Oftentimes in the microfinance world we get caught up thinking about all the numbers and stats to base our claims, support our work, and analyze our programs – loan size, default rate, interest rate, cost per borrower, poverty score, portfolio size, total clients – that we can lose sight of the immeasurable impact that microfinance has on our clients. Of course, these numbers are always relevant points to consider when evaluating our own level of effectiveness, but time after time, the impact that Adelante has had in the lives of the women we support goes far beyond what numbers can show.
The self-esteem and confidence obtained from participating in our program is what I see as most valuable. In a blog post a couple months back, Sonja E. Kelly discusses the finding of Sendhil Mullainathan and Eldar Shafir in their recent book “Scarcity,” that addresses how financial exclusion affects the psychological well-being of those living in poverty. Kelly explains, “…in the wake of this scarcity mindset it is often the small economic shocks – the unexpected illness, the sudden change in income, the school fees that weren’t figured into the monthly budget – that perpetuate the scarcity mindset.”
By feeling more secure with one’s ability to overcome everyday challenges that arise – such as new school uniforms at the start of the year, or medicine when an infant gets sick – a woman is able to think farther ahead into her future and envision a life out of poverty. The security provided by creating a source of income through a micro-business gives Honduran women a level of certainty that unexpected expenses will become manageable for their families. Further, by offering incentives like the Home Improvement Loan and Secondary Education Loan, women are able to make needed investments into their homes and families without making great economic sacrifices in other areas, such as investment in medicine, food or a business.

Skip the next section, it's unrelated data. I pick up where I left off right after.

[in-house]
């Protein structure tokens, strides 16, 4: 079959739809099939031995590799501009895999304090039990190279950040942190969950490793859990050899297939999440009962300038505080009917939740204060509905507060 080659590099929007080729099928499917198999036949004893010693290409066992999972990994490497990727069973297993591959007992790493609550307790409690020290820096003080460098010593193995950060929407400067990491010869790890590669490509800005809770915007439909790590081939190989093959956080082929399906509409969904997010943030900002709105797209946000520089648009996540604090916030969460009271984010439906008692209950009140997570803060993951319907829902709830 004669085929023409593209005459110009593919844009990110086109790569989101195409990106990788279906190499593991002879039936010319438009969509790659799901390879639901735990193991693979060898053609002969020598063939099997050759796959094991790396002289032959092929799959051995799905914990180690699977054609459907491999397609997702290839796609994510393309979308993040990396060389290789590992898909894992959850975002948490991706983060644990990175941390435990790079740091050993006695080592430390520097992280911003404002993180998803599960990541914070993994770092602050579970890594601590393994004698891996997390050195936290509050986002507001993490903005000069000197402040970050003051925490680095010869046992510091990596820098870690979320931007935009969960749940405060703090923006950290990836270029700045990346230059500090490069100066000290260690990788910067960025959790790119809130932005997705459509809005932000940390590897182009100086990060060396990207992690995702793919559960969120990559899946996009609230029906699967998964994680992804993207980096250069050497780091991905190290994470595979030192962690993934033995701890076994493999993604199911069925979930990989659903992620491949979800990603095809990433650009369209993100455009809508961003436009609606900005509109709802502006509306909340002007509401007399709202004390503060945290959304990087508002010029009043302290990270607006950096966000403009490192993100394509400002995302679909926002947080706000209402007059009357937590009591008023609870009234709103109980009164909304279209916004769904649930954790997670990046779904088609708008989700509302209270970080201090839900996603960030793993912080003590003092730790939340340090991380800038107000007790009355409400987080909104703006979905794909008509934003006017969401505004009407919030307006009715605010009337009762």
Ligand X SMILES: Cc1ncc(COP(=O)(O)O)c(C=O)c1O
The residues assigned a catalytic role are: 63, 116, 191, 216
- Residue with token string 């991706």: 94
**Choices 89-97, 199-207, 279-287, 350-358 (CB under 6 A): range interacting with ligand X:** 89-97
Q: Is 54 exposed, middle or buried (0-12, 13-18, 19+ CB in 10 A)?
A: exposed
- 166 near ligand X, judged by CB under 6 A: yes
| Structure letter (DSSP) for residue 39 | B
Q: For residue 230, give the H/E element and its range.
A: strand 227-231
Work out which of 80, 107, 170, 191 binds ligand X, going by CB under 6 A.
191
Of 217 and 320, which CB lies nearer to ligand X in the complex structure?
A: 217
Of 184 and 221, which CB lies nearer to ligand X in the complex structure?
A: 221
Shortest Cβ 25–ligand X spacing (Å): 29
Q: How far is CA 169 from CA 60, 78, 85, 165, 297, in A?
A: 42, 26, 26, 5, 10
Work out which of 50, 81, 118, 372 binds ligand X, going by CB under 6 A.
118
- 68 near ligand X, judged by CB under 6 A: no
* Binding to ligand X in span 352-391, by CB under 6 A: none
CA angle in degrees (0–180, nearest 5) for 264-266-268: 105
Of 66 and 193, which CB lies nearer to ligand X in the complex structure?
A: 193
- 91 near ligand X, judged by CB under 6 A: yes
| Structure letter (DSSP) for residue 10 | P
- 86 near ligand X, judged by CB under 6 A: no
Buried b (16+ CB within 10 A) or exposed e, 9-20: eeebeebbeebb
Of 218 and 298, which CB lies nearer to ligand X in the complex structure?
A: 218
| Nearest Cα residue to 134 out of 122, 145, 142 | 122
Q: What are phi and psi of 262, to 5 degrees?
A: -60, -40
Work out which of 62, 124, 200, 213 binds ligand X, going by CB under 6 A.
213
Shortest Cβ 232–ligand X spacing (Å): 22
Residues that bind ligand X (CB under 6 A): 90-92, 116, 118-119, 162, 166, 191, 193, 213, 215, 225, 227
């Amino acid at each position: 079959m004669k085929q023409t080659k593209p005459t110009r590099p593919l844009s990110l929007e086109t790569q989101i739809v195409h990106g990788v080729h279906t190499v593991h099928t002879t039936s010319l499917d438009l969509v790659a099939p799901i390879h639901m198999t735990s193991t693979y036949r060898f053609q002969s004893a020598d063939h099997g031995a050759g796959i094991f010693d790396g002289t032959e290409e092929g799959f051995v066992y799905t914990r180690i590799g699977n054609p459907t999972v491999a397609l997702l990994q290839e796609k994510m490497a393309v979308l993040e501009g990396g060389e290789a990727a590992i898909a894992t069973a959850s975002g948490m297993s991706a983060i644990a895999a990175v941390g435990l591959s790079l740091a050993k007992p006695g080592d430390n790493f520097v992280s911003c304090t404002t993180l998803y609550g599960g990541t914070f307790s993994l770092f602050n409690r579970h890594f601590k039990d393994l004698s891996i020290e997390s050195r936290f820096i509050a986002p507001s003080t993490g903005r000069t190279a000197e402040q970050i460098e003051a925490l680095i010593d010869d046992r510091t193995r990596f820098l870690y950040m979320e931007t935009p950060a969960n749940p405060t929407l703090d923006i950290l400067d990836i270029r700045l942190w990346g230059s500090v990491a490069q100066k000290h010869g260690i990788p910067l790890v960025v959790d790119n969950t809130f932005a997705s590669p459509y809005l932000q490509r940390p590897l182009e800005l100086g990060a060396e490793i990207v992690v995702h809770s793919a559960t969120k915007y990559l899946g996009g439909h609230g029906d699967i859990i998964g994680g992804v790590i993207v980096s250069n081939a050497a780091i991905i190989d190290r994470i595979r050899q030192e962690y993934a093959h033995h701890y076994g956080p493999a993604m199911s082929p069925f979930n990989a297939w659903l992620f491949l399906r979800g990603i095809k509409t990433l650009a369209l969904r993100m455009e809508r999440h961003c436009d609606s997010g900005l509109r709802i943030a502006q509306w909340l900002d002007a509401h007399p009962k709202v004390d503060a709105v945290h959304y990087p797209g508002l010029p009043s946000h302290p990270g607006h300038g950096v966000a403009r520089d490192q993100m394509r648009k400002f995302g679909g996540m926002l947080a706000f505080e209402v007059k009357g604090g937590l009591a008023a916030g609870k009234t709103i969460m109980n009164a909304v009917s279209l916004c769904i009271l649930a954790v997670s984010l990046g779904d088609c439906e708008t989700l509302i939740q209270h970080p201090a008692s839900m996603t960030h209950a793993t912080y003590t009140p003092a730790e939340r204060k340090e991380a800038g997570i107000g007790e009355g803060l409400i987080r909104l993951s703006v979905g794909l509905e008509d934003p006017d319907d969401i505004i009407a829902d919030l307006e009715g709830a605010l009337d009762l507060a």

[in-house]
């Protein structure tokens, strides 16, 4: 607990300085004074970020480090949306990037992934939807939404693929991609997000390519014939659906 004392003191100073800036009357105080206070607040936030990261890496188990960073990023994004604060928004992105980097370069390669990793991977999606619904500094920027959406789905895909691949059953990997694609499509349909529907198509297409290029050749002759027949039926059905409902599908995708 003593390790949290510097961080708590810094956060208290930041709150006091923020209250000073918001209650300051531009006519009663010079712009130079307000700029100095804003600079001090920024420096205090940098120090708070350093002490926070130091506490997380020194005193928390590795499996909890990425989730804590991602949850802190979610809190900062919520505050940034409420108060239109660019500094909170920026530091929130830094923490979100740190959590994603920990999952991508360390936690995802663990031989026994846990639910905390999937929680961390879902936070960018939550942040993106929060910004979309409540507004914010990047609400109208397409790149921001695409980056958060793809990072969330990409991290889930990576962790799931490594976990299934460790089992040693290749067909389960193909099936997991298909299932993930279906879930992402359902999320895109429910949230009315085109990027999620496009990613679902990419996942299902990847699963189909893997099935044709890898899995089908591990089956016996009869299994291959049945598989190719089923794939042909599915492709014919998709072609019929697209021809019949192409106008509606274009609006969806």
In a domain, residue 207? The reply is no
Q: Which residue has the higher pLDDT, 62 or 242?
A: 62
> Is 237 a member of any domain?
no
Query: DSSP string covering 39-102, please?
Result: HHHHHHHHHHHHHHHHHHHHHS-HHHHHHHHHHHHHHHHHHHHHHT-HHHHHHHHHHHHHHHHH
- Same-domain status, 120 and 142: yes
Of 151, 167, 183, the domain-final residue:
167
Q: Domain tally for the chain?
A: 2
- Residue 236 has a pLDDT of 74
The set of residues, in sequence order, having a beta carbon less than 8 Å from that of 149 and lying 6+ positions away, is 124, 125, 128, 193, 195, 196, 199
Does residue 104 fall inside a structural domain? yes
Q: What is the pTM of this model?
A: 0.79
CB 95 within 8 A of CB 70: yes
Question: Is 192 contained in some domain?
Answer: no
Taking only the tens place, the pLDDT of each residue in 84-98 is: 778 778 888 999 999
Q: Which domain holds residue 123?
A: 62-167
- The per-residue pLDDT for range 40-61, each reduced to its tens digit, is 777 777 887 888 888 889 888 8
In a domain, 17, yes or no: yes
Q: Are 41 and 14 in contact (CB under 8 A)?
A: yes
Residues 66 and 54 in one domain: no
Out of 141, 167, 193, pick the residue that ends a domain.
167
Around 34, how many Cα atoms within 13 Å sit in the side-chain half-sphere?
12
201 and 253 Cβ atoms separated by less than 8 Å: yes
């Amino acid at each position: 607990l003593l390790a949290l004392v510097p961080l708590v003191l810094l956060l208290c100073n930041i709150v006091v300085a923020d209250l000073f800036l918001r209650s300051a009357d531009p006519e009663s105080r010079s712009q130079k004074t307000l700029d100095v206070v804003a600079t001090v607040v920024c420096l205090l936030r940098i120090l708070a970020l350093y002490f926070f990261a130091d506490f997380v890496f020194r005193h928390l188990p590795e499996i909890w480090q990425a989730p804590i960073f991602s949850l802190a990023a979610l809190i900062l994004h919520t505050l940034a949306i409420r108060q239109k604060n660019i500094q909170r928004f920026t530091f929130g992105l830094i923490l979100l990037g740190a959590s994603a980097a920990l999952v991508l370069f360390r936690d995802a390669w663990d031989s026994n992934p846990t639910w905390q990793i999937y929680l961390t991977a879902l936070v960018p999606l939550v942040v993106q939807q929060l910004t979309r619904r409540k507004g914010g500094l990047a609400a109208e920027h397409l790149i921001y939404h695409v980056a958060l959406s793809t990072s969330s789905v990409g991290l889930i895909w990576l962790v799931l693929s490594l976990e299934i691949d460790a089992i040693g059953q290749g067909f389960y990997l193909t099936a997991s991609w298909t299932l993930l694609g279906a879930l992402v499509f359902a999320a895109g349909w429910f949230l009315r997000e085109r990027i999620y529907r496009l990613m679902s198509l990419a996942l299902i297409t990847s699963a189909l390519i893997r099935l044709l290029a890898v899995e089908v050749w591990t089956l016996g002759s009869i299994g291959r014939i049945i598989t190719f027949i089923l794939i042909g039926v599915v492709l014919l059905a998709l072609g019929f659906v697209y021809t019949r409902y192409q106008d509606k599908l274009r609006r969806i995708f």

For these reasons, visitors that I have taken into the field are often impressed by just how proud the women they meet are to work with Adelante, by the potential of their businesses, and by their expectations that their children will have a better future. Formal financial institutions are almost always out of reach for the women whom Adelante serves. Without access to capital and education, rural Honduran women maintain a “scarcity mindset,” forcing them to focus in on everyday threats to their security, rather than taking greater actions to improve their economic circumstances.
With each visit I make to the field, I come away with a new story of a woman who embodies this transition to a lively, confident and resourceful individual who can address her troubles as they come. This doesn’t mean that all of these women have fought their way well out of poverty – but their situations have become more stable, and they have made their first, most essential steps. To me, the change in spirit found in these women is one of the most meaningful aspects of our program.
This blog post was written by Gina Cappuccitti, Adelante's International Development Coordinator based in La Ceiba, Honduras. Gina received her BA degree in International Relations from SUNY New Paltz and has been with Adelante since August 2012.